This year, N2Africa has invested in improving the flow of research data from field to data analysis. In all core countries, project staff and implementing partners received hands-on training on the use of electronic data collection forms. The new tools have been received with much enthusiasm and most data collection is now done using tablet devices. This has allowed data from the different field trials to be collected, processed and compiled much more quickly than was possible using paper forms.
The advantages of using tablets extend beyond the fact that data does not need to be transferred from paper to an electronic form. The fact that the tablet-based forms come preloaded with information on locations, crops and treatments means that the data is much more uniform, removing the need for time-consuming editing of information. The built-in GPS device and camera also provide great benefits in the field.
Field training on the use of tablets in Nigeria
Of course, faster delivery also means that the handling of data needs to keep pace. This requires an automated system for compiling, formatting and sharing data. We have worked hard to set up such a system in Wageningen, and are currently able to automatically compile all data uploaded from the tablets into our database and to make the information available to everyone on the N2Africa Intranet.
|To showcase the power of our new data infrastructure we present some preliminary analysis of data that was uploaded during 2015. The data was processed and analysed automatically, with minimal need for specific cleaning or editing. Figure 1-2 shows results from climbing bean diagnostic trials that took place in season 2015A in Uganda. The main aim was to compare the effect of different nutrient treatments in different localities.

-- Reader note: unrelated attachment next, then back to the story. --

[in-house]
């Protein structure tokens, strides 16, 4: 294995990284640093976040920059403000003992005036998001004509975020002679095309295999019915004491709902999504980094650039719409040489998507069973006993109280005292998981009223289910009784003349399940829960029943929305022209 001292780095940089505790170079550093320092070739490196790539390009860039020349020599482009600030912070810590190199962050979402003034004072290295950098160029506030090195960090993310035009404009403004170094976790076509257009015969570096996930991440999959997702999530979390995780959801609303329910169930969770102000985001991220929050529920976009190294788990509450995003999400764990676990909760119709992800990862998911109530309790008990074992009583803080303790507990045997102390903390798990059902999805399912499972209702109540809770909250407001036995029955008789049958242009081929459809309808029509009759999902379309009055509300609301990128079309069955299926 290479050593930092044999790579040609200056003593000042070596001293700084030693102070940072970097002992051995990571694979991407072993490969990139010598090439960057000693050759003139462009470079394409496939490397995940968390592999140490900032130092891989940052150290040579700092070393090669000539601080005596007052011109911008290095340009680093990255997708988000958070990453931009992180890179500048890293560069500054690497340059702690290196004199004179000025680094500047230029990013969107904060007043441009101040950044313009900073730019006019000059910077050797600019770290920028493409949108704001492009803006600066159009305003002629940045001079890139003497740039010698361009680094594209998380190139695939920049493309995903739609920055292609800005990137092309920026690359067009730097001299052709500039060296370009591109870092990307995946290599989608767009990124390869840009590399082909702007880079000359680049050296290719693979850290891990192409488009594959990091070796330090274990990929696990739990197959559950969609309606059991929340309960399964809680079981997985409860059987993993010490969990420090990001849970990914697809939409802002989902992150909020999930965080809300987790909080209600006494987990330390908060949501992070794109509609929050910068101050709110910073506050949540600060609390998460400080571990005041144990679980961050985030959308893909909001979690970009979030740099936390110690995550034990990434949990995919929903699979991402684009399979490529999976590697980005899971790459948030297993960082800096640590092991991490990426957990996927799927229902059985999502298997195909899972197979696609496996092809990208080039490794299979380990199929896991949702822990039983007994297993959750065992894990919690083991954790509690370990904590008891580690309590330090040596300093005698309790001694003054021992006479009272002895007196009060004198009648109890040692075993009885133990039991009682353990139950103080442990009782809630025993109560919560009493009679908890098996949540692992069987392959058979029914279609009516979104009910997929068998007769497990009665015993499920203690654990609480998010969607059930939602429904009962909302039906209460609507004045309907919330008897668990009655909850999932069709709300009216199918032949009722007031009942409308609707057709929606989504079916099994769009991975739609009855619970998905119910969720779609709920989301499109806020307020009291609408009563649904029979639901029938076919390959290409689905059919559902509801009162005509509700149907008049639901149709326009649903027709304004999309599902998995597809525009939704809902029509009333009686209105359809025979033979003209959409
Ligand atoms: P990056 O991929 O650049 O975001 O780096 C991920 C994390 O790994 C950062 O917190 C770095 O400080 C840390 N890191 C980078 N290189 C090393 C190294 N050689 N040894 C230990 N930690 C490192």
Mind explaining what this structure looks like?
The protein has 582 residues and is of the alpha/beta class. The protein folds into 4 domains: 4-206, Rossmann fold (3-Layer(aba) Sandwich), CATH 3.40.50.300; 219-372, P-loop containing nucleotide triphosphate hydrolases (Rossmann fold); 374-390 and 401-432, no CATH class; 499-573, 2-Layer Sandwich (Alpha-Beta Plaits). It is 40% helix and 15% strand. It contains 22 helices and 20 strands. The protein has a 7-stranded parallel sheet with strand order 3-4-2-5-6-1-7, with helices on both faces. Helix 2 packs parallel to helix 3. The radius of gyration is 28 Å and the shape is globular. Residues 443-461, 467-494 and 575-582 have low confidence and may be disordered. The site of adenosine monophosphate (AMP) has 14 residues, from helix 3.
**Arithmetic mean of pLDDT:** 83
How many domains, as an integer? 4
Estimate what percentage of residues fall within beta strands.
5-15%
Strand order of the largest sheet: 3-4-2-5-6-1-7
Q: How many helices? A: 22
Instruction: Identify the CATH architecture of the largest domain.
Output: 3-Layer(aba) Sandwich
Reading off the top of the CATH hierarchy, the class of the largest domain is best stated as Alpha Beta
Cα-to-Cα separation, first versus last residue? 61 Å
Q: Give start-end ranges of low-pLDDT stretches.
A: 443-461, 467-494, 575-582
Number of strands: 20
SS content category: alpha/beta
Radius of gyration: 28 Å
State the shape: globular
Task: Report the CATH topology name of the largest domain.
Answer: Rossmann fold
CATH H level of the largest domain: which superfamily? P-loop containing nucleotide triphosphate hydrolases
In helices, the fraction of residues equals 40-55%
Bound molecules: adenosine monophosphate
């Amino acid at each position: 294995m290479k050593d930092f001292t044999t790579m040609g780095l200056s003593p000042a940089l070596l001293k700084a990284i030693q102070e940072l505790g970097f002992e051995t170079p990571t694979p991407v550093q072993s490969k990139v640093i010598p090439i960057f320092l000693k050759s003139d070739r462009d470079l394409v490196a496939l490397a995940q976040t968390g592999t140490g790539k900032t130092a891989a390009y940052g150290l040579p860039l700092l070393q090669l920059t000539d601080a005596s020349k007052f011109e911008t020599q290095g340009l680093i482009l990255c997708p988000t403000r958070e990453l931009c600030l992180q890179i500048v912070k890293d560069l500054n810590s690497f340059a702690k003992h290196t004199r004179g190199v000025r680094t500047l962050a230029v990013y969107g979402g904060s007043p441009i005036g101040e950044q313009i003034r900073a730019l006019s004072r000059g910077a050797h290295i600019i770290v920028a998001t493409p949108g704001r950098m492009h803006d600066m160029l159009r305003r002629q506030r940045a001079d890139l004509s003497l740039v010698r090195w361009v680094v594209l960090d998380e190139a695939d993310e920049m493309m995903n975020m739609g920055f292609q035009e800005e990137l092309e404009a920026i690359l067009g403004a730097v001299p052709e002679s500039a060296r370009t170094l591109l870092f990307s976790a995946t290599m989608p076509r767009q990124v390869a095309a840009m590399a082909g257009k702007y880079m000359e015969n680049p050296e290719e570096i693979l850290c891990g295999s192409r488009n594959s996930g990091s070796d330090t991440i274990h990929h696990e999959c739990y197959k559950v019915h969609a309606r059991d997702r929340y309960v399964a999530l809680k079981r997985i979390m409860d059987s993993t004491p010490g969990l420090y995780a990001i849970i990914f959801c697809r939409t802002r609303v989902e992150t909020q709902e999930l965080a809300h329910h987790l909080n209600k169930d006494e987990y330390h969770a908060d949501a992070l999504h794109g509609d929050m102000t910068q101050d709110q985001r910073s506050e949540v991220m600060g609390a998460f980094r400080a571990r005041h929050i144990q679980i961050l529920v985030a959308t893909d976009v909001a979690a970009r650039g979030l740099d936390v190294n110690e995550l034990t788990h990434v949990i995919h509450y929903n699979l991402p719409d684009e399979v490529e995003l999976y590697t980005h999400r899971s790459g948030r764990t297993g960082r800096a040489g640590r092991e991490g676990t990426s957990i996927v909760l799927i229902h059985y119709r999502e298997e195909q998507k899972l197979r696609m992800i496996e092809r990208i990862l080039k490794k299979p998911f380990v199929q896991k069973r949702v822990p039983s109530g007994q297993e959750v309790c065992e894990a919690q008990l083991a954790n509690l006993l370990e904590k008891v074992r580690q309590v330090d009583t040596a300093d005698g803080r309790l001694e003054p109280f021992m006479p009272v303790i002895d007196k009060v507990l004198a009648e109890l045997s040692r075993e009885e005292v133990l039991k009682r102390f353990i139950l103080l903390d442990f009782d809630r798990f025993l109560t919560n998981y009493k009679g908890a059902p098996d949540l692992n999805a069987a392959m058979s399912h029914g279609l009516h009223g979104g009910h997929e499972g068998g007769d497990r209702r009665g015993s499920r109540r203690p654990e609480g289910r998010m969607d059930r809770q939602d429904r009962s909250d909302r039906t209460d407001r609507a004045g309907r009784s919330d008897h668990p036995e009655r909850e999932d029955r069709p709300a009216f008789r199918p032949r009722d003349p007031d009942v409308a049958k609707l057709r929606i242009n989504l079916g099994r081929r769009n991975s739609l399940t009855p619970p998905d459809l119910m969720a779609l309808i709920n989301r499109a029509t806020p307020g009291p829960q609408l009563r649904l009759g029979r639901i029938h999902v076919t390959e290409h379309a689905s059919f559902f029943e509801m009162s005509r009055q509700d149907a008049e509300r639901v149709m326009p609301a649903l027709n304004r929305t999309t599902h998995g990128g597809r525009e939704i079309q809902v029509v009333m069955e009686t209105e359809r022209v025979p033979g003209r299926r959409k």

Figure 1. Graph showing (square root transformed) yields for different treatments in a climbing bean diagnostic trial in Uganda
Figure 2 shows the average yields (square root transformed) for the different treatments, together with the least significant difference. It is clear that the application of phosphorus increases yield and that there is relatively little evidence for an overall response to N, K, micronutrients or lime. A breakdown per district (Figure 2) shows that yields vary strongly among locations. The variations in treatment responses observed in this figure are not statistically significant.
Figure 2. Graph showing mean yields for different treatments per district in the same diagnostic trial
Figure 3. Map showing the GPS readings for a subset of the Ugandan bean diagnostic trials
|The map in Figure 3 shows the ability to map the trial locations exactly by using the tablet’s built-in GPS. The information that this precise mapping provides can provide a very useful complement to the soil analyses that are also taking place. The usefulness of the camera is also evident from Figure 4, which shows how pictures can help in detecting problems in the field mid-season.
Figure 4. The N2Africa plot (left) and the farmer’s plot (right) in a Cowpea adaptation trial in Ghana photographed using the tablet
In all, the use of tablets has been proven to be a success. We have received data from all countries, and are looking forward to receiving more soon. All uploaded data should be available for analysis within a couple of days of receipt. We are currently focused on making sure that the quality and ease of use of this data improves, and that also the data from M&E forms becomes accessible through the intranet.
Joost van Heerwaarden & Marcel Lubbers